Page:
Throughout the Bible, in the trials of Abraham, the shripwreck of Paul, and in countless other places, we are reminded that divine providence is at work in the world. One of my favorite verses, Jeremiah 29:11, assures us that God has a plan for each and every one of us.
But in the frenzy and stress of our daily lives, it is easy to forget this promise. We view our triumphs as isolated incidents of good fortune, and we blame our struggles on our ineptitude or on plain bad luck. Rarely do we take a step back and look at the big picture for long enough to consider how God might be working in our lives – working among the high points and the low points – to bring about His plan for us.
This morning I was reflecting on my own life, and on all of the ups and downs that brought me to where I am today. There was one struggle in particular that, at the time, seemed like the end of the world. Looking back, however, it was clear to me that this struggle changed me for the better. It molded me into the person that I am today and set my life on a track that has since brought me a lot of happiness. As I reflected, I wanted to kick myself – if I had only been able to see back then how the struggle was working within God’s plan, my life could have been so much less stressful!
It is important, though, that the Bible gives us not only stories of people experiencing God’s providence in their lives, but also of people who, like me, failed to see His providence working until after the fact. In Chapter 12 of Acts, we are told that Peter was imprisoned by King Herod. An angel came to lead Peter to freedom, but as they escaped, Peter “had no idea that what the angel was doing was really happening; he thought he was seeing a vision.” It was not until the angel had left that Peter finally “came to himself and said ‘Now I know without a doubt that the Lord sent his angel and rescued me from Herod’s clutches.’” As he was escaping from prison, Peter didn’t understand what was truly happening. It wasn’t until afterward that he realized that God had been guiding him all along.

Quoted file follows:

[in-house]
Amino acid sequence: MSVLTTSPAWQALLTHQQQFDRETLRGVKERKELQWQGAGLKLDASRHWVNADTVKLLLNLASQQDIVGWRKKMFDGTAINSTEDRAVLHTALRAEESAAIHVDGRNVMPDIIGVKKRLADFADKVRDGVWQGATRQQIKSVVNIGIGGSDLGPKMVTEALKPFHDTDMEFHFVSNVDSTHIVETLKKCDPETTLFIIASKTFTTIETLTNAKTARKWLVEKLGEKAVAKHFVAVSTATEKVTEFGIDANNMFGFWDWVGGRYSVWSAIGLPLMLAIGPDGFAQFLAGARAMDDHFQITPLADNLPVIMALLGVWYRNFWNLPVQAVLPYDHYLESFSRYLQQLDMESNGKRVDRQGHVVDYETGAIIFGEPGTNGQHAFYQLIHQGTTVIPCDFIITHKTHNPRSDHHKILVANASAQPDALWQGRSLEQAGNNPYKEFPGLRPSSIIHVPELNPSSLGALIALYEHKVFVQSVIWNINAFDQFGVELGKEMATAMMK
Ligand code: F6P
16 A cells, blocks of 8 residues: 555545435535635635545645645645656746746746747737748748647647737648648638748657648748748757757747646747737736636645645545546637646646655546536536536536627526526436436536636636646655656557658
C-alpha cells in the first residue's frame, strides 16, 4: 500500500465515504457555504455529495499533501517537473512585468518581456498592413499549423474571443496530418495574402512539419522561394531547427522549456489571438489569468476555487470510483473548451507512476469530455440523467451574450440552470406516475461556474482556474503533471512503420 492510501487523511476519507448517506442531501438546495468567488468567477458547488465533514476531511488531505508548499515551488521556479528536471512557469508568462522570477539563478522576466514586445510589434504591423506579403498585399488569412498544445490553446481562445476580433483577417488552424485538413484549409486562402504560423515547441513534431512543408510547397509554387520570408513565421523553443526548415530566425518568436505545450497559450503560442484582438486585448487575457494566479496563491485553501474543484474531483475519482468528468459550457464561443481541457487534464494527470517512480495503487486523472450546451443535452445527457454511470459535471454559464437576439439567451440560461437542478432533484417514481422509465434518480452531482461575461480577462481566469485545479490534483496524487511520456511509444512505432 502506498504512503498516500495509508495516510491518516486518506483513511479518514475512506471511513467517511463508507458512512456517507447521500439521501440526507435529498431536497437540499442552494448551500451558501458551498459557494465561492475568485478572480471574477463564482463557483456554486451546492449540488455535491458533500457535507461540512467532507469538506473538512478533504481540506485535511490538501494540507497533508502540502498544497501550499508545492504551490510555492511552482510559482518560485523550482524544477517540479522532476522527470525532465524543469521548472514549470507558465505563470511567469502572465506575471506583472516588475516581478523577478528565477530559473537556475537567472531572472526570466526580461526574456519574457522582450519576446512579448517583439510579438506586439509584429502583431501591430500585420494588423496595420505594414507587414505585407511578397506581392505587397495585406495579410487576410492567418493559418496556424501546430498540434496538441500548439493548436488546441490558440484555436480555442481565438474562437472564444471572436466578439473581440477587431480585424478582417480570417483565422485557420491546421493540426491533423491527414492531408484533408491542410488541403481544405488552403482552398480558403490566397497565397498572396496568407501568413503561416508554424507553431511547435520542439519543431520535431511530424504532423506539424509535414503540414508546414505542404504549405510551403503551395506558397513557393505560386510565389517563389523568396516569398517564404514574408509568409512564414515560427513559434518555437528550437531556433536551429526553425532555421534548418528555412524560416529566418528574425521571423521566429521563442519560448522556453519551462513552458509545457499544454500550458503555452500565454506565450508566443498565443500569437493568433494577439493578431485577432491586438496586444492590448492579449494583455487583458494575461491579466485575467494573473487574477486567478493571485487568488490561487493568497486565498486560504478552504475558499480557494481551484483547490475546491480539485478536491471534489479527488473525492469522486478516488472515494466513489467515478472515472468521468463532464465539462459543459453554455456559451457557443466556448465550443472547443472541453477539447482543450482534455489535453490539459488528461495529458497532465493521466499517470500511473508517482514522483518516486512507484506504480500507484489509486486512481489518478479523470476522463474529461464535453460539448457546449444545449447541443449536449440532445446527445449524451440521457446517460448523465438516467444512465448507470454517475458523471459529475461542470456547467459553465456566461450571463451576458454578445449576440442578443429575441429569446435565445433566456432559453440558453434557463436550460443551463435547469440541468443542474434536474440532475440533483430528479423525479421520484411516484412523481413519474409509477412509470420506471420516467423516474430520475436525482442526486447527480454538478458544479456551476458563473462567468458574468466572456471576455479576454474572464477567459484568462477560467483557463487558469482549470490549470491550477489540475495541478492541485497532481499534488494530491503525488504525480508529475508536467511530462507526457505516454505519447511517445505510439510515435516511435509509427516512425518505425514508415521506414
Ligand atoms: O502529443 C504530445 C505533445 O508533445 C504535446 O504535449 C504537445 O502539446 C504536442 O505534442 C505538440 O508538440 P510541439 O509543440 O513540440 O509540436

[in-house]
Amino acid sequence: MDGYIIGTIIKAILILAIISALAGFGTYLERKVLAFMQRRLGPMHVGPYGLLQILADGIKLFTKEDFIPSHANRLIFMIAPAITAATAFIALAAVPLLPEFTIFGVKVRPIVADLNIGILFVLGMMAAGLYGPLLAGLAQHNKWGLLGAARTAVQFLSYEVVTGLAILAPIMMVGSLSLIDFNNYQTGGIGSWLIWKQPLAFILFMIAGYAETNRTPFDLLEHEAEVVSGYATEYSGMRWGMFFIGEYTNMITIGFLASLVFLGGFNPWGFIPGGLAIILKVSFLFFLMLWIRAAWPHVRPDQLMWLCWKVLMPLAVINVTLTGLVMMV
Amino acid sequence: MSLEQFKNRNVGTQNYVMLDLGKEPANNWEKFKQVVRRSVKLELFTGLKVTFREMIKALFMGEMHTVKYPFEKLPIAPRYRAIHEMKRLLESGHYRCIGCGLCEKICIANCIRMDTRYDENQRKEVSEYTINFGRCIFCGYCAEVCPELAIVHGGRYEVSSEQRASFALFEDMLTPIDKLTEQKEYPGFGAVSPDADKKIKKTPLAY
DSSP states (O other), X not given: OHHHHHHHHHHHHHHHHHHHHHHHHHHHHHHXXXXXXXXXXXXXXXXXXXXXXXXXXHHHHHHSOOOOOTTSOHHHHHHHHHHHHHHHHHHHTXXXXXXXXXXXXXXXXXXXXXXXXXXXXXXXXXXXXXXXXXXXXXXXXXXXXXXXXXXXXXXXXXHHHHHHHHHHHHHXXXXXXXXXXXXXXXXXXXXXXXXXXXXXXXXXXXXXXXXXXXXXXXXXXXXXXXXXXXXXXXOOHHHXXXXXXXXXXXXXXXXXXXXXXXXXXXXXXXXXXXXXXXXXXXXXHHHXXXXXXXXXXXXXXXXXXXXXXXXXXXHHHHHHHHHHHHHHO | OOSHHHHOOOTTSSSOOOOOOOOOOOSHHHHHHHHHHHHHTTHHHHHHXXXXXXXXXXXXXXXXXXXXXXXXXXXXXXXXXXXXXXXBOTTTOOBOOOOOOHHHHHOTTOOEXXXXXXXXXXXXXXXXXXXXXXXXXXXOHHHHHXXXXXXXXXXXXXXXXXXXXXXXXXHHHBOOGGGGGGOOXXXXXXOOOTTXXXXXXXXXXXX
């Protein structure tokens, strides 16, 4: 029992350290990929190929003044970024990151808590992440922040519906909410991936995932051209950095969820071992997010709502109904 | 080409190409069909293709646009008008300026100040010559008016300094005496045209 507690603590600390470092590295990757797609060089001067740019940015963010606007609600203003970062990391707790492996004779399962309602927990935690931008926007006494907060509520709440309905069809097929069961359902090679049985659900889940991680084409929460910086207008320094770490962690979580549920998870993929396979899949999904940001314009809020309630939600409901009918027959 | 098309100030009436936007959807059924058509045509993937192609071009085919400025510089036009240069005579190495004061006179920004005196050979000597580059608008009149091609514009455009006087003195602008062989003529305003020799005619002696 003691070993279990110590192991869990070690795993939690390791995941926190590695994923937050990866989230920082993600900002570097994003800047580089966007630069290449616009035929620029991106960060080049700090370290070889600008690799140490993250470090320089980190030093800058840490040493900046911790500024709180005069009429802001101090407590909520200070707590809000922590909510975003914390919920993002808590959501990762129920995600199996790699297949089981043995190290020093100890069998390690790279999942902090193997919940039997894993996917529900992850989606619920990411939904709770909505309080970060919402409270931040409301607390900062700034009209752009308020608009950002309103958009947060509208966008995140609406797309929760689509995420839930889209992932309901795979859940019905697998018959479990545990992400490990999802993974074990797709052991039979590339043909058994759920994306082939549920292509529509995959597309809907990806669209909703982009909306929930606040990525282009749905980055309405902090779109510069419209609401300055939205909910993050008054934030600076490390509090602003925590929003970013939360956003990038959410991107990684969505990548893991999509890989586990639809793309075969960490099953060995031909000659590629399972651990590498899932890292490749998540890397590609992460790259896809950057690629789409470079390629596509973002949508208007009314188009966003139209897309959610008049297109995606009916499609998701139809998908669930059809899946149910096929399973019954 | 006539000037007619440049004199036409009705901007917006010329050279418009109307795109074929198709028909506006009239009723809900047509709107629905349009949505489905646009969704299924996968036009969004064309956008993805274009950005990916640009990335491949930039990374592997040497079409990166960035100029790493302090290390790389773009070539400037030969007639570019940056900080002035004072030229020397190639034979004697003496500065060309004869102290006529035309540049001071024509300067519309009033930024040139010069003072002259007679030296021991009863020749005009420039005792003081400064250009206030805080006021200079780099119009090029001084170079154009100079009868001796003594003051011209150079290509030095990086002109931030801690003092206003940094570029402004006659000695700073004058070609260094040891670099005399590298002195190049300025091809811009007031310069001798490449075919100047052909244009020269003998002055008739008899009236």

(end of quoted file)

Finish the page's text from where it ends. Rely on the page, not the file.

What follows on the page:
Peter’s story assures me that my inability to see God’s providence in my day-to-day life is actually a common problem. Even Peter, who had been one of Jesus’s closest companions and had witnessed His miracles, couldn’t see that God’s hand was guiding events in his life until after the events in question were over.
Peter should have been able to see God’s plan in his escape from prison – and we should all learn to see the angels leading us in our own lives.